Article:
TechDrones vs electronic warfare. The new frontline in Ukraine conflict

Drones vs electronic warfare. The new frontline in Ukraine conflict

The Russian electronic warfare system R-330Ż Żytiel was destroyed by a drone.
The Russian electronic warfare system R-330Ż Żytiel was destroyed by a drone.
Images source: © X (formerly Twitter) | Ukrainian Front

2:38 PM EST, January 26, 2024

Over several months, the Ukrainians have utilized commercial drones for various tasks. Of particular issue for the Russians have been FPV-type drones, which can be equipped with cluster munition bomblets or even an anti-tank grenade capable of destroying a vehicle.

The Russians adapted to this tactic swiftly, so now electronic warfare systems are precious to both sides. However, due to their specific nature, their effectiveness, regarding the range of protection generated and frequency issue, is variable, as both parties try to circumvent jammers.

One such system for the Russians is the mobile station R-330Zh Zhitel. The Ukrainians have "used up" a GMLRS rocket from the M142 HIMARS system or the M982 Excalibur missile on it. The video below appears to show a heavy commercial drone, potentially a "Baba Yaga" type or Taiwanese Revolver 860, bombing the Russian system with 60 mm caliber mortar shells. Subsequent attacks on nearby D-30 howitzers with a 122 mm caliber followed.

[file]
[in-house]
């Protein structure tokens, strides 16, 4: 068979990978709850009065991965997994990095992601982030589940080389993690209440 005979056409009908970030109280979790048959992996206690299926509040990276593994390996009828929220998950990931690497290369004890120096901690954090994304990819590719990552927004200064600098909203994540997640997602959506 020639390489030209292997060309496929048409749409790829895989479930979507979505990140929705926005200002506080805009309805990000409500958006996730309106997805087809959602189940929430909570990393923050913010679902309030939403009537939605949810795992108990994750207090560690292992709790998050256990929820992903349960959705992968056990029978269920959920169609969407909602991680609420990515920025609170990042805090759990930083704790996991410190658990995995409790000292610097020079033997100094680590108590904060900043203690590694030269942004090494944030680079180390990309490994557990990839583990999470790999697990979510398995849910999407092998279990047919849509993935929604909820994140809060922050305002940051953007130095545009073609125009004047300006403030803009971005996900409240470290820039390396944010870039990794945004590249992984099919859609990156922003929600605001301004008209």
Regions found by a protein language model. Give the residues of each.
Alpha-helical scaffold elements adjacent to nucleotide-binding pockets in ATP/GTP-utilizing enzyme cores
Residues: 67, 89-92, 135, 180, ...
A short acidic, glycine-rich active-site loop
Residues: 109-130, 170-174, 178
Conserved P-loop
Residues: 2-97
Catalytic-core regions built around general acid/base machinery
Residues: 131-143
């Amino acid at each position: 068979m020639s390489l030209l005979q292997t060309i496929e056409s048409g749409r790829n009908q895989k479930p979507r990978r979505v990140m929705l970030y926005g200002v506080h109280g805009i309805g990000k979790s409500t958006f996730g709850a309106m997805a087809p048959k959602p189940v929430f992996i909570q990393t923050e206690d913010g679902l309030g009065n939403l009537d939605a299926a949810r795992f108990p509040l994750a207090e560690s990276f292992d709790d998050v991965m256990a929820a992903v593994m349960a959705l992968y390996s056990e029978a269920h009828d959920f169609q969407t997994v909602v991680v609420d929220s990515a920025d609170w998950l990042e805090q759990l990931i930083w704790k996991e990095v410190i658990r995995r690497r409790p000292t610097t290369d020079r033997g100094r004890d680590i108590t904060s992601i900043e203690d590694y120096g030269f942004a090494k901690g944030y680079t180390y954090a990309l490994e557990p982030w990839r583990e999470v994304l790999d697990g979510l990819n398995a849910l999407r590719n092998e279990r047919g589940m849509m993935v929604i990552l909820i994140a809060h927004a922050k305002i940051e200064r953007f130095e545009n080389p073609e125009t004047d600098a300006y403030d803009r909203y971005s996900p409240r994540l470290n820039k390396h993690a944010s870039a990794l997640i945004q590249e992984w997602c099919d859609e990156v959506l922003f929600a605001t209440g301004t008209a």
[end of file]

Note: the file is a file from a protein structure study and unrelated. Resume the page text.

Performance of R-330Zh Zhitel and potential reasons for its failure

The R-330Zh Zhitel system, introduced to the Russian armed forces in 2008, detects, analyzes, and jams radio emissions. Its applications extend to eavesdropping on enemy communications, neutralizing commercial drones, and identifying the locations of control stations. If required, artillery can be guided to such places.

The Russians attest that this system can be set up or dismantled in roughly 40 minutes and has an operational longevity of 1,600 hours due to an onboard generator and fuel reserves. The system is designed to cover a wide range of frequencies from 100 to 2000 MHz and provides an operational range of up to 15.5 miles for ground targets, or 31 miles for aircraft.

The system could've malfunctioned due to a simple issue, like a lack of fuel for the diesel generator. Every electronic warfare system creates a protective bubble with a particular range. The Ukrainian drone may have flown high enough and dropped the mortar shells from a position outside the jamming range for this specific frequency. Consequently, this could explain why kamikaze FPV drones have been much less effective in recent months.

It should also be noted that the Ukrainians and Russians thoroughly analyze the equipment captured from the enemy, investigating, for instance, which frequencies cause a particular piece of equipment the most difficulty. The information gathered is then used to develop new drones capable of resisting specific jammers.

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